"To every thing there is a season, and a time to every purpose under the heaven"
~ Ecclesiastes 3:1
Someone recently asked me what I missed most about living in the midwest? I have lived along the Gulf now for twenty years, or as the folks around here would say, "Since Tropical Storm Allison." When you have lived along the Gulf this long, you learn that most every story that focuses on a particular time period starts with the name of storm.
I told the woman that I missed fall the most. "What? Not the snow?"
I smiled and laughed as I told her that, "If I never have to shovel snow again, it will be too soon!"
Truth be told, I loved the snow at times as well. There is just something about the season of fall though, that seems to draw my mind to a different season, or feeling. I loved how the air seemed to surrender the heat of summer. The leaves, now bright crimson and burnt orange flowed over the hillsides, and soon, covered the forest floor, as sunlight would find it's way through empty branches to illuminate the pathway ahead.
It's interesting how different seasons promote different memories. Although I miss those moments, for me now as an adult, the thought of fall is quickly a reminder that winter will soon follow.
Aging is a process that we all encounter.
We are Ecclesiastical people. Our lives are marked by seasons, or chapters. Each one is important, no matter how long or short it may be.
Our ability to maneuver through seasons, or situations in our lives, mark both our successes and challenges. There are years of education, our working years, and simply the journeys that bring us people who will present for all the times of our life. Each chapter involves life and death.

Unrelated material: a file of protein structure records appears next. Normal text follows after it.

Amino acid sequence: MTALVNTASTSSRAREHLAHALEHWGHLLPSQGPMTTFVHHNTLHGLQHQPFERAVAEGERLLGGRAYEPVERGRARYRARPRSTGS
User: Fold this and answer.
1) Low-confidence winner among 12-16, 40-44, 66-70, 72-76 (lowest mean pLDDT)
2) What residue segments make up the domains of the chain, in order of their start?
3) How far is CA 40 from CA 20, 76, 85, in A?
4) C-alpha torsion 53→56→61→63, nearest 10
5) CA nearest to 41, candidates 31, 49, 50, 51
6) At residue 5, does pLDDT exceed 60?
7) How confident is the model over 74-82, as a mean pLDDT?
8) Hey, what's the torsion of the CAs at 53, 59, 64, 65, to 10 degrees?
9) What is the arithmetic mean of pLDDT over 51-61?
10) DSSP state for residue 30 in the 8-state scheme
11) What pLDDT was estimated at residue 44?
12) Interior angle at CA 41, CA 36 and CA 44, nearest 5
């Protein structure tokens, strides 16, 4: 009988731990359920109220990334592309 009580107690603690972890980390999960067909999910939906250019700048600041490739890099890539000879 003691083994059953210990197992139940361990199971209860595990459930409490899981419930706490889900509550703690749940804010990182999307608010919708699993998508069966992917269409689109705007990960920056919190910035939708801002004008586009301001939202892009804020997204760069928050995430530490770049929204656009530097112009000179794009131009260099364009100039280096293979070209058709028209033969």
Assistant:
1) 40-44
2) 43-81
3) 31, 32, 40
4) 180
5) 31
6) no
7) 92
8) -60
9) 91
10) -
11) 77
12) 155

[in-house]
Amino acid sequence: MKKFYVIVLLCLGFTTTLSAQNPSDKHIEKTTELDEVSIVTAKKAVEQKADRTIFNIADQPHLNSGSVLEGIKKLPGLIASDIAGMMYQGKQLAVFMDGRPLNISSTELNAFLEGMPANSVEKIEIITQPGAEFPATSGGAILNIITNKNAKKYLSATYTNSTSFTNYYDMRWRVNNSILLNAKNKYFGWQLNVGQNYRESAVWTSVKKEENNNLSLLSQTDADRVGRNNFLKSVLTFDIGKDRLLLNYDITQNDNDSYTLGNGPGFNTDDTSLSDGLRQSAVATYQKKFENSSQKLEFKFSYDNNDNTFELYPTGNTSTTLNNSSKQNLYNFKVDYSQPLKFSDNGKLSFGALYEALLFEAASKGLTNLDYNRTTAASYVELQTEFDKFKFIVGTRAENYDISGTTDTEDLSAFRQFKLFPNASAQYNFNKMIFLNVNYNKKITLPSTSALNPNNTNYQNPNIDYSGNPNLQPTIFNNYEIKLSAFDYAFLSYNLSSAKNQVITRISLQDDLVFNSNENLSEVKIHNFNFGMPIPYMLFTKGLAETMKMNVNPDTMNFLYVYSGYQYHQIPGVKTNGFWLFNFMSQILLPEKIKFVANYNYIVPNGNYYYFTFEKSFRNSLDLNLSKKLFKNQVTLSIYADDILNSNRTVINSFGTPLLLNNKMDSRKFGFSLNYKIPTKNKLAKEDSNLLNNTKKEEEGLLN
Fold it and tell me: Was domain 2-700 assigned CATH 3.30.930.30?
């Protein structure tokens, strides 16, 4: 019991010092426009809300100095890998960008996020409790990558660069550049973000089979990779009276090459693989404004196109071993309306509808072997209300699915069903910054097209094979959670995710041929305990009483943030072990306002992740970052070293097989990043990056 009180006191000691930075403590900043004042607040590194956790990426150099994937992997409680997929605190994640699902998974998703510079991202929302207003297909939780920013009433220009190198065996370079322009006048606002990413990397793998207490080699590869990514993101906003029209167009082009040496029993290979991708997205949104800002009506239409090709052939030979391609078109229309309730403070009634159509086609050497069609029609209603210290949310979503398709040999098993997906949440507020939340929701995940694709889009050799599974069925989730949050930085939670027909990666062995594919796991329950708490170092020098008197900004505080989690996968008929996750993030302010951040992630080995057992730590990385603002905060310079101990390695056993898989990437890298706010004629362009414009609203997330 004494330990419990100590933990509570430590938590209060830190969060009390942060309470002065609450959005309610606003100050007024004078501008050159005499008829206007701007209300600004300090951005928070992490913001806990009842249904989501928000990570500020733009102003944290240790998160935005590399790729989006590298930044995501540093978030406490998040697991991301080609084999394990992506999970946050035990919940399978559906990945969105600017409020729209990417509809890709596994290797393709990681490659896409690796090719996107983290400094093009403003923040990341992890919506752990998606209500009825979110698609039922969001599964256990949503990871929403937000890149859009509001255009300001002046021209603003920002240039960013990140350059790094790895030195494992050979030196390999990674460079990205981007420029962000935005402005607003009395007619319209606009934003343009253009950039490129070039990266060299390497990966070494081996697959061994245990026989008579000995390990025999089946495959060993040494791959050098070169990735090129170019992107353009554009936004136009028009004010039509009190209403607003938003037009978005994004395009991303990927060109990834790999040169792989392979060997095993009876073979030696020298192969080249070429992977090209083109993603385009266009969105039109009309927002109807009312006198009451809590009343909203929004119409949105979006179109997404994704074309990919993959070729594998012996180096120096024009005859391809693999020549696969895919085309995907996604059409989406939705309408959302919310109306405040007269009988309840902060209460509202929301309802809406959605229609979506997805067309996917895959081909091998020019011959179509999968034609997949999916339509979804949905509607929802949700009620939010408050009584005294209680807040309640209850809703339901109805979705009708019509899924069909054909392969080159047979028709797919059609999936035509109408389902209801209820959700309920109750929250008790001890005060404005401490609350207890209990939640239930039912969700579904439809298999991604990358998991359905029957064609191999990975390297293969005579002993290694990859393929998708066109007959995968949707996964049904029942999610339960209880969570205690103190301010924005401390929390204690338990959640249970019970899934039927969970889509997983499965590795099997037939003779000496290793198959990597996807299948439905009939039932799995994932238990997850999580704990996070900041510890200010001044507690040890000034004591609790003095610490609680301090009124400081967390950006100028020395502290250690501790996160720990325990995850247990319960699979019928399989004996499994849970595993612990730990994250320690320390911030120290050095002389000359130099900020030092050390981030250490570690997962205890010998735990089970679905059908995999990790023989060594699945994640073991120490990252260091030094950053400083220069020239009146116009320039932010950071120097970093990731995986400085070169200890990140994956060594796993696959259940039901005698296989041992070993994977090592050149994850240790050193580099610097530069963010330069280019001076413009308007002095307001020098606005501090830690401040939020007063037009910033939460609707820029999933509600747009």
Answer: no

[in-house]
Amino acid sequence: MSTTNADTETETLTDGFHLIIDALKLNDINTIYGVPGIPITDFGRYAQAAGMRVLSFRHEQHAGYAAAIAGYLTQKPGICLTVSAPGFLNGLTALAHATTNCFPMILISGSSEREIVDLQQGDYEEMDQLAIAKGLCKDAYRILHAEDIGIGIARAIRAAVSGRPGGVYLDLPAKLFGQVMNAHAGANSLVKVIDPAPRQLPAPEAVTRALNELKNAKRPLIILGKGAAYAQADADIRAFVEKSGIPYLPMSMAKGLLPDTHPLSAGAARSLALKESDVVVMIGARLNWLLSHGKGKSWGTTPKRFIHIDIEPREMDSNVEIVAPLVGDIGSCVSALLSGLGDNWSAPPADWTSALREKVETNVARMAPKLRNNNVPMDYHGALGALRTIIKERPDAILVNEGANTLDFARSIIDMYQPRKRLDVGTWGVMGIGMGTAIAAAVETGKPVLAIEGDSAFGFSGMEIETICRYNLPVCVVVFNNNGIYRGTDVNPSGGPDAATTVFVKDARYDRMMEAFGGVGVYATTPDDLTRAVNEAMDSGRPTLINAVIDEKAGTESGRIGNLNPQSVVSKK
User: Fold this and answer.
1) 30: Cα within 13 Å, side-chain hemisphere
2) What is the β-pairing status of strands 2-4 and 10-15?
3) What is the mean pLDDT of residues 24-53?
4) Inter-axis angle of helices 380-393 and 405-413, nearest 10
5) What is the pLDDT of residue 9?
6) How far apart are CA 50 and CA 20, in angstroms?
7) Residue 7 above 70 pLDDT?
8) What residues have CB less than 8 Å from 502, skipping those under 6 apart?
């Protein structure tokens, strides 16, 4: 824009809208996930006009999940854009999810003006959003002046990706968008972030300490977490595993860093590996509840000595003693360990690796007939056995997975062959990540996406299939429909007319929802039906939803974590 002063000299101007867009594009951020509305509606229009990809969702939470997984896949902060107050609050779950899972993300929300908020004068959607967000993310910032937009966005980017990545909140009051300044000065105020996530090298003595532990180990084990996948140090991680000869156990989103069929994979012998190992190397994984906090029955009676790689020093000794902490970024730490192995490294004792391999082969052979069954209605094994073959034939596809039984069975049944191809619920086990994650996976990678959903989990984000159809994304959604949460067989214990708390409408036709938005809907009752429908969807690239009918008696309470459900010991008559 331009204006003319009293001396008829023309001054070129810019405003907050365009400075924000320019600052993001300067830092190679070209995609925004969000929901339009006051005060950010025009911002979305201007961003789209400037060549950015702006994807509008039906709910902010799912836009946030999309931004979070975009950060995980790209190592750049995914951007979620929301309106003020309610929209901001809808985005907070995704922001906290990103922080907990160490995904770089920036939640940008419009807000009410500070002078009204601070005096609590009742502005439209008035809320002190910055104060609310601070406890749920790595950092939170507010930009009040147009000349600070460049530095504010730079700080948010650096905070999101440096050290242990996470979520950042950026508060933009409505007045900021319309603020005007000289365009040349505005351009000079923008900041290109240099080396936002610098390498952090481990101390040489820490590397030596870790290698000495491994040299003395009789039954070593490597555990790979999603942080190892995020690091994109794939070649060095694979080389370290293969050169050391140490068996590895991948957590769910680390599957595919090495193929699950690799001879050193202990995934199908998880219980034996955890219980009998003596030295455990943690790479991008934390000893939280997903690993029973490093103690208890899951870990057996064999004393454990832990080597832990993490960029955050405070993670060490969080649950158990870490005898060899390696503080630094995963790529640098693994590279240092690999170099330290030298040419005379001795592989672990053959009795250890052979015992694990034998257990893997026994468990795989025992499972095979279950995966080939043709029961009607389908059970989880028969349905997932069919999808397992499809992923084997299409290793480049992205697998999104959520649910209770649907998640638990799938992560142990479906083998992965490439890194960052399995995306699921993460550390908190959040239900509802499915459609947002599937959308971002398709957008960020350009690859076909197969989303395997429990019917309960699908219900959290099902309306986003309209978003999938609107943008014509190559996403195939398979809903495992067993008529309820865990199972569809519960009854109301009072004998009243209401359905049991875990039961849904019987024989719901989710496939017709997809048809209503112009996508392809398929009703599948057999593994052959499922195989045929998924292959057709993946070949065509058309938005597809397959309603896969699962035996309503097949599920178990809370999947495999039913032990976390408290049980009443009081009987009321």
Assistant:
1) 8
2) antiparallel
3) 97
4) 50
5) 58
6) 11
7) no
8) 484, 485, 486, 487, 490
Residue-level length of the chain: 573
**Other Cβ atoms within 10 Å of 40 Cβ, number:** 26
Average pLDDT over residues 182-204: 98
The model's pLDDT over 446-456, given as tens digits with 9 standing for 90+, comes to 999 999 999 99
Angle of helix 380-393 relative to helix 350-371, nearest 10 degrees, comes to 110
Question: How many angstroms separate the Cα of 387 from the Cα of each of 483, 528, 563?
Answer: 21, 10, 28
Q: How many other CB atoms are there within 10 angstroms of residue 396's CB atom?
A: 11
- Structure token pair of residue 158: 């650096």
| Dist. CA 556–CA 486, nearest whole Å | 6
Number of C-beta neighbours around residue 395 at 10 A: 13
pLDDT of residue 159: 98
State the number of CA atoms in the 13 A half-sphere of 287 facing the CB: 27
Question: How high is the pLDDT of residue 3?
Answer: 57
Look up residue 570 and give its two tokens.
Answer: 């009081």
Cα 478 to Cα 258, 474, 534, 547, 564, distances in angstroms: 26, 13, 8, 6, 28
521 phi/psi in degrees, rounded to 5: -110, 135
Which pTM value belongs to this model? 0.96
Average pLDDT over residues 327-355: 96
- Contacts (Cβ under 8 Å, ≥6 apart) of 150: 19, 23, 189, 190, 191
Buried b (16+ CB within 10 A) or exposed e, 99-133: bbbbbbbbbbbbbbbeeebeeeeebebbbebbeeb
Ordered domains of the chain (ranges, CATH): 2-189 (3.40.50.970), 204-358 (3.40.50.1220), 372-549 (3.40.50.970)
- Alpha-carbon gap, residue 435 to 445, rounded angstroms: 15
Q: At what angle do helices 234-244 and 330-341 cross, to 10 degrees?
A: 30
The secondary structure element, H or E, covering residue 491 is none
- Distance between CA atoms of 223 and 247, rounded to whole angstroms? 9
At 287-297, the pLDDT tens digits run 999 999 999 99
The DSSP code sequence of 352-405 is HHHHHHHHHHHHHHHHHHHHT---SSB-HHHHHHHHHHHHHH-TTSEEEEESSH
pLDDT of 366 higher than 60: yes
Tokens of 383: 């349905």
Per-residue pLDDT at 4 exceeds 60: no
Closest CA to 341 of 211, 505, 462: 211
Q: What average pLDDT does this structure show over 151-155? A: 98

Choosing to end one chapter and beginning the next can be marked by many things. I can remember ten years ago after a serious illness, losing my job, and everything that I "knew" that represented my life, I found myself asking someone, "Who am I now? Everything that I once knew as 'me' is now gone."
It's funny how roles can determine our importance. What I discovered in that chapter of my life was that I was being re-created in a different way. I'm not sure I would be as good of a hospice chaplain, or pastor, had I not experienced that year off illness and closures that seemed to invite me to question my faith. In many ways, my darkest days made it possible for me to walk today in the valley of the shadow of death with others.
Being Ecclesiastical people is the invitation to allow for seasons. To celebrate chapters, and to welcome change. Trees are reminders that seasons are important to each of us. I don't believe the tree is too concerned about the winter, because even in winter the tree is awaiting for the next chance to bud out in the spring.
God is always like that. When a season ends for us, God has the next chapter ready to be written. To everything there is a season.
Stay in God's grip!
G. Todd Williams (c) 2019
Rev. G. Todd Williams is the author of the book, "Remember Me When..." and is a former hospice chaplain and pastor.